The engineering team for GE Aviation’s new GE9X turbofan has completed development of the new carbon fiber composite material that will allow the powerplant for Boeing’s new 777X airliner to use fewer, thinner fan blades. Combined with the use of new composite case technology developed for the GEnx program, the engine will be around 1,000 pounds lighter than its predecessor.
Pratt & Whitney and Alcoa recently have revealed that the fan blades of the PW1000G family of geared turbofans will consist mainly of aluminum alloy–an industry first.
Eaton has been selected by Rolls-Royce to continue providing its engine build-up for another Trent engine program, the Trent XWB-97. The 97,000 pound-thrust turbofan will power the new Airbus A350-1000 platform.
Pratt & Whitney on Sunday announced that is has managed to reduce fuel burn on the PW1100G-JM for the A320neo family by another 2 percent. Dubbed the PurePower Engine Advantage, the enhancement centers on improved aerodynamics and cooling.
Rolls-Royce here announced the first run of the Trent XWB-97 turbofan on Tuesday. Selected as the sole engine for the higher-thrust version for the Airbus A350-1000, The 97,000-lb-thrust Trent XWB-97 will begin test flights in 2016. Entry into service is pegged for 2017. The turbofan’s increased thrust is obtained by a combination of new high-temperature turbine technology, a larger core and advanced fan aerodynamics, Rolls-Royce (here at Hall 4 Stand H3) said.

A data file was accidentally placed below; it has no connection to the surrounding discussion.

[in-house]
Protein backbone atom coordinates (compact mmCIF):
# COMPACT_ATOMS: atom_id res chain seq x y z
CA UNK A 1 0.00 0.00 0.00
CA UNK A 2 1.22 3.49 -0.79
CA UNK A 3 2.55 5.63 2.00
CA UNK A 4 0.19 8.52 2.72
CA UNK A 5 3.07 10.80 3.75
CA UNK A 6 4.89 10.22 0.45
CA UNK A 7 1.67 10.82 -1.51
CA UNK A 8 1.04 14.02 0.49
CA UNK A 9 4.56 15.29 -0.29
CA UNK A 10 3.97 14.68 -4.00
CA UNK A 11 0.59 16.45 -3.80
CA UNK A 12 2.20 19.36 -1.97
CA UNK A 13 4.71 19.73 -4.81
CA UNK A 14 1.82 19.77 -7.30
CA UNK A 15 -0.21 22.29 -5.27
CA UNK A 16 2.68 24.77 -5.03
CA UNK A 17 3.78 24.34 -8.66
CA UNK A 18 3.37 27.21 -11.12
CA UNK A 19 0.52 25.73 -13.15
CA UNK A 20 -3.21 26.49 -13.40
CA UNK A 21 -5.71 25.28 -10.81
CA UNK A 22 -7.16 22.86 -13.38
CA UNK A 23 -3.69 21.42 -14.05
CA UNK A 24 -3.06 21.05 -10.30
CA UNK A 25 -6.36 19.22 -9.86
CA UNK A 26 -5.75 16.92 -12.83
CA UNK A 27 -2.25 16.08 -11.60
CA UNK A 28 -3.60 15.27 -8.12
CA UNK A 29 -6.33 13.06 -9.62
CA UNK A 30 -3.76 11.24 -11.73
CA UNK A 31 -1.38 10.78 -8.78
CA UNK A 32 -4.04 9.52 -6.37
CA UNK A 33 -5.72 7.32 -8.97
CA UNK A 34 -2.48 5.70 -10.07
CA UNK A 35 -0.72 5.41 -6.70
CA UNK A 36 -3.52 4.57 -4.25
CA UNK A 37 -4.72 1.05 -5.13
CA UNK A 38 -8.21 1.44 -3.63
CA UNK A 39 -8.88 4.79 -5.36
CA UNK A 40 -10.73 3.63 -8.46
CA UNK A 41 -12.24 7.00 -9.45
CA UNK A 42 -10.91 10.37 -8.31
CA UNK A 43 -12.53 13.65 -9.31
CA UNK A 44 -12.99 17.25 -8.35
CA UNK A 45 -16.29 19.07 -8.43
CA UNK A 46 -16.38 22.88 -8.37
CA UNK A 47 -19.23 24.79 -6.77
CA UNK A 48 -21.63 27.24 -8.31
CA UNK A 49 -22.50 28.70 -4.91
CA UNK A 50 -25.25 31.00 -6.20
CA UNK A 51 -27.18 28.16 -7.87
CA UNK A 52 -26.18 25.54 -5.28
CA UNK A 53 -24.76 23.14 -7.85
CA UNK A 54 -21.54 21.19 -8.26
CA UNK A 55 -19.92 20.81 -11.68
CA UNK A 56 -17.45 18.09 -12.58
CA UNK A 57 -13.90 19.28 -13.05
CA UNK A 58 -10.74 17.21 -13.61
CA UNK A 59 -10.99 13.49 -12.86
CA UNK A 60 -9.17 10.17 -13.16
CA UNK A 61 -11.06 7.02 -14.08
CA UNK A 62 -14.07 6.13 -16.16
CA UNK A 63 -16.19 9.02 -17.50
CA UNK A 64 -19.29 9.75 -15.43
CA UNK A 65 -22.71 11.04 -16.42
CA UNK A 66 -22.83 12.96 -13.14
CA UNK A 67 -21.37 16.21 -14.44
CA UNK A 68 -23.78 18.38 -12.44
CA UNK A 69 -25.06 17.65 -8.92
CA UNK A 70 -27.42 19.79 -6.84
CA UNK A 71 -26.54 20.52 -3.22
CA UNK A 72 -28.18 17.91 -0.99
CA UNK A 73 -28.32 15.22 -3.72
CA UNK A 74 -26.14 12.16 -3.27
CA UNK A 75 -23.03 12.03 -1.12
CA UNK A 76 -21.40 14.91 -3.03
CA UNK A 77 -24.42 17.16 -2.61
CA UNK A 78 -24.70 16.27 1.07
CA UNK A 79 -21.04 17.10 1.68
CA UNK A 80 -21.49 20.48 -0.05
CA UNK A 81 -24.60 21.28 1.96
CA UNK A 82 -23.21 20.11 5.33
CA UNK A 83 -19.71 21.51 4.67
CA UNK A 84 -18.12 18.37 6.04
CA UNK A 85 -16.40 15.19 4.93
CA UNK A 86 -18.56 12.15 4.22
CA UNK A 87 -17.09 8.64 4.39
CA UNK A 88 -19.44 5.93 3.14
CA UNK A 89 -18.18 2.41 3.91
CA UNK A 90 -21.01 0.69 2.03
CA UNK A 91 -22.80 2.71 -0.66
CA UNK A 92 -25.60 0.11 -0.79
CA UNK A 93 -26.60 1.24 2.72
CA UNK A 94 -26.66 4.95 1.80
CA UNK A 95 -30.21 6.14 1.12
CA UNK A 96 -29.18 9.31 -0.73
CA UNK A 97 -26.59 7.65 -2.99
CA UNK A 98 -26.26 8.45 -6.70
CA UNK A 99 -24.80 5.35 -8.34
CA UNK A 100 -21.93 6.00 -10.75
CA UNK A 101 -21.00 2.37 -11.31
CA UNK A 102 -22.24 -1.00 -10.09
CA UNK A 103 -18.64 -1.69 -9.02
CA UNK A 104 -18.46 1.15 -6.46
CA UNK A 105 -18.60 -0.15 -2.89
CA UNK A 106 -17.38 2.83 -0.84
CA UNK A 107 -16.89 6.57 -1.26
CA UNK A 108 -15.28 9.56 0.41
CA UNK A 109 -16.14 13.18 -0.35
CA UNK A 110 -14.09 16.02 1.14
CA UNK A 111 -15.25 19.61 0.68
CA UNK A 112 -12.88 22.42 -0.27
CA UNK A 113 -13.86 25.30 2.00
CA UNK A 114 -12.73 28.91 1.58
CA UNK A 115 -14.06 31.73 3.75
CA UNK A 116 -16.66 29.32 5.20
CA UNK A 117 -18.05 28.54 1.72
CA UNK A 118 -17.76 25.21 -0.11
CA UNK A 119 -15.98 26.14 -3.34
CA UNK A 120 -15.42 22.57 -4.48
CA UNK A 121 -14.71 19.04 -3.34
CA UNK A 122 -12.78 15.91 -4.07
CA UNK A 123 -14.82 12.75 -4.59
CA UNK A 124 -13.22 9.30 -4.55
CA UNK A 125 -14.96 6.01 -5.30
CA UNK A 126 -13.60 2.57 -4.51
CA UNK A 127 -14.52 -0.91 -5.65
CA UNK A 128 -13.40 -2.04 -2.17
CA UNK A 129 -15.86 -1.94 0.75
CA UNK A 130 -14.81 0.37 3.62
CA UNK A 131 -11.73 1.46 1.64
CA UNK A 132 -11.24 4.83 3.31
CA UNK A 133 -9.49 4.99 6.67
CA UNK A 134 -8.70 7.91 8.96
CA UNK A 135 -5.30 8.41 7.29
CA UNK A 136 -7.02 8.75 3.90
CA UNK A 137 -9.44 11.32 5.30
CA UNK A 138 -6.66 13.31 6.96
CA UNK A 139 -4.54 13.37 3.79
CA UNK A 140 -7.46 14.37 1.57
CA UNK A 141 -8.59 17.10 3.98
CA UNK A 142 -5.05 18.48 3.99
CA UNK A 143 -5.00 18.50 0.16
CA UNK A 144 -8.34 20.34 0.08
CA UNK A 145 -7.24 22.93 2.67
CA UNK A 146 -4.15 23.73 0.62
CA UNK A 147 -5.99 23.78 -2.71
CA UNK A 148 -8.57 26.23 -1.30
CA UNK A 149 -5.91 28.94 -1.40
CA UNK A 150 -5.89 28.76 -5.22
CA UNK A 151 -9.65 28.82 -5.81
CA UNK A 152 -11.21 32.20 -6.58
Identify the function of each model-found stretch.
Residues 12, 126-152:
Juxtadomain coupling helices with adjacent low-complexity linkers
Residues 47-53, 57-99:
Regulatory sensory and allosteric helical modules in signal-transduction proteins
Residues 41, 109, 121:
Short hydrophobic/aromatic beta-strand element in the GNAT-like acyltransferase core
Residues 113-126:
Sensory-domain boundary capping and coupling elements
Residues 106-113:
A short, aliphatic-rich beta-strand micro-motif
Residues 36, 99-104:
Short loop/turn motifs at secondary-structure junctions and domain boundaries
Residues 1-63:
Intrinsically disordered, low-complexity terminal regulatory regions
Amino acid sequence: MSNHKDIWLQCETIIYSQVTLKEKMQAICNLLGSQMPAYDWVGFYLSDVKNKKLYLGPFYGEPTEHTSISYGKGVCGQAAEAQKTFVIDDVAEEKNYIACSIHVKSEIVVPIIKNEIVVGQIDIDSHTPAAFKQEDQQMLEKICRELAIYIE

The Engine Alliance, a 50-50 joint venture of GE and Pratt & Whitney, has received EASA approval for two new thrust ratings for the GP7200 turbofan engine, one of the two engines available to power the Airbus A380. The new ratings bring the GP7200 to four thrust rating configurations.
The FAA is superseding emergency AD 2014-12-52 for all Honeywell TFE731-4, -4R, -5AR, -5BR, -5R, -20R, -20AR, -20BR, -40, -40AR, -40R, -40BR, -50R and -60 turbofans. It required a review of the engine logbook maintenance records to determine if any affected engines are installed and also prohibited operation of an airplane with two or more affected engines that have second-stage low-pressure turbine (LPT2) blades with fewer than 250 operating hours since new.
The Bauhaus Luftfahrt aerospace think-tank in May unveiled a concept for a “propulsive fuselage” aircraft, opening a new possibility for fuel burn reduction. It is part of a European Union-funded project in cooperation with a number of research centers, as well as MTU Aero Engines and Airbus Group Innovations (OE13). The latter company is also studying a hybrid-power regional airliner with Rolls-Royce (Hall 4 Stand H3). Meanwhile, it is flying a hybrid-lift quadcopter demonstrator for unmanned military and civil missions, the Quadcruiser.
Snecma recently started flight-testing its Silvercrest turbofan on a modified Gulfstream II, a Snecma senior executive confirmed last week. AIN understands that the trials are taking place from Sierra Industries’ base in San Antonio, Texas. The maiden flight had been postponed several times but the delay is not expected to have any effect on the engine’s certification, planned for next year. The Silvercrest will power the Dassault Falcon 5X and Cessna Citation Longitude.
The Australian Transport Safety Bureau (ATSB) reported last month that with 5.5 million flight hours recorded on turbofan engines between 2008 and 2012, only 280 powerplant incidents were recorded, or about one every 20,000 flight hours. Of those 280 occurrences, 98 percent could be classified as low risk; four were classified as medium risk, two as high risk and one as a very high risk. None, however, resulted in any injuries to passengers or crew.
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